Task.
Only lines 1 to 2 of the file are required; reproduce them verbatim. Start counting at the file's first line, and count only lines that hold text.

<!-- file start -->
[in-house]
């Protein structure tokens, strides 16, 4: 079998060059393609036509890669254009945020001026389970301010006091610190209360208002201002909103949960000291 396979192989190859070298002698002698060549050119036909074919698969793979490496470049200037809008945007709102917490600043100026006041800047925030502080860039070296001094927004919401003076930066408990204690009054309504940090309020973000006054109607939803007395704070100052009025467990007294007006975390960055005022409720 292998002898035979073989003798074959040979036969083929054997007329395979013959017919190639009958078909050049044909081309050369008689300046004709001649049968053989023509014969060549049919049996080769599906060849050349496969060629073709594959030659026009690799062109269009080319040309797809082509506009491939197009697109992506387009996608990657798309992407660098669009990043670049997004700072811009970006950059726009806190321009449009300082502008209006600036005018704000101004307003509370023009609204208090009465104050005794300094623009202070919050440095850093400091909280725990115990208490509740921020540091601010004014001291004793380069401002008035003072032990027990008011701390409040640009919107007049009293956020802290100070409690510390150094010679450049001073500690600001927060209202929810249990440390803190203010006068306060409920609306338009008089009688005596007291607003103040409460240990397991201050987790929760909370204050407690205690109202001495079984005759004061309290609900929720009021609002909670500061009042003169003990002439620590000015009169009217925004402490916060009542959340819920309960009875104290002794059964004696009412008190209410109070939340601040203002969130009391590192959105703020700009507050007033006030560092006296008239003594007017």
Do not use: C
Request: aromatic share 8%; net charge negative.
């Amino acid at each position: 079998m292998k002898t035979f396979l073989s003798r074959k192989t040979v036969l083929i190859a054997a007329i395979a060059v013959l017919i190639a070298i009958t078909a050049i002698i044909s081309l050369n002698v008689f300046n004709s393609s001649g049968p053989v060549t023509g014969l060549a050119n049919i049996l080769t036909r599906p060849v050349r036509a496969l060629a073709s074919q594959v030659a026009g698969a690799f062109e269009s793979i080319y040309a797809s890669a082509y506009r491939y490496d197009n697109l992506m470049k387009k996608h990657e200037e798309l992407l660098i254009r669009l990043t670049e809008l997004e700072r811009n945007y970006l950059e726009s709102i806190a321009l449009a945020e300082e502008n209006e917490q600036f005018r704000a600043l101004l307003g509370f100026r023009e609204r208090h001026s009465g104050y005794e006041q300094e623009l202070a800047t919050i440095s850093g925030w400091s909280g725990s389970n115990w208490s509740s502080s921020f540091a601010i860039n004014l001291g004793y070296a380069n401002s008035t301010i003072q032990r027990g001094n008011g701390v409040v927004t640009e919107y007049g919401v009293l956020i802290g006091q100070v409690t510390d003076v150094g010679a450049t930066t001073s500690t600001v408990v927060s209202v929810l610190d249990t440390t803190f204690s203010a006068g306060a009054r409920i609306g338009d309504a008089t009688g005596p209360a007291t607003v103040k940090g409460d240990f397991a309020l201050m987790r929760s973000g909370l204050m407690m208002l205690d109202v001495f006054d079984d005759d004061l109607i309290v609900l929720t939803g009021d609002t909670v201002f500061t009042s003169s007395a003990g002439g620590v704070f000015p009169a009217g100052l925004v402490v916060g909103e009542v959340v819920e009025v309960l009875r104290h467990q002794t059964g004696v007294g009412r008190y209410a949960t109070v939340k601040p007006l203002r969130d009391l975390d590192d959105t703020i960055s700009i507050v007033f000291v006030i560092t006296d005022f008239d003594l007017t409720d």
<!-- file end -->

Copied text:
[in-house]
């Protein structure tokens, strides 16, 4: 079998060059393609036509890669254009945020001026389970301010006091610190209360208002201002909103949960000291 396979192989190859070298002698002698060549050119036909074919698969793979490496470049200037809008945007709102917490600043100026006041800047925030502080860039070296001094927004919401003076930066408990204690009054309504940090309020973000006054109607939803007395704070100052009025467990007294007006975390960055005022409720 292998002898035979073989003798074959040979036969083929054997007329395979013959017919190639009958078909050049044909081309050369008689300046004709001649049968053989023509014969060549049919049996080769599906060849050349496969060629073709594959030659026009690799062109269009080319040309797809082509506009491939197009697109992506387009996608990657798309992407660098669009990043670049997004700072811009970006950059726009806190321009449009300082502008209006600036005018704000101004307003509370023009609204208090009465104050005794300094623009202070919050440095850093400091909280725990115990208490509740921020540091601010004014001291004793380069401002008035003072032990027990008011701390409040640009919107007049009293956020802290100070409690510390150094010679450049001073500690600001927060209202929810249990440390803190203010006068306060409920609306338009008089009688005596007291607003103040409460240990397991201050987790929760909370204050407690205690109202001495079984005759004061309290609900929720009021609002909670500061009042003169003990002439620590000015009169009217925004402490916060009542959340819920309960009875104290002794059964004696009412008190209410109070939340601040203002969130009391590192959105703020700009507050007033006030560092006296008239003594007017």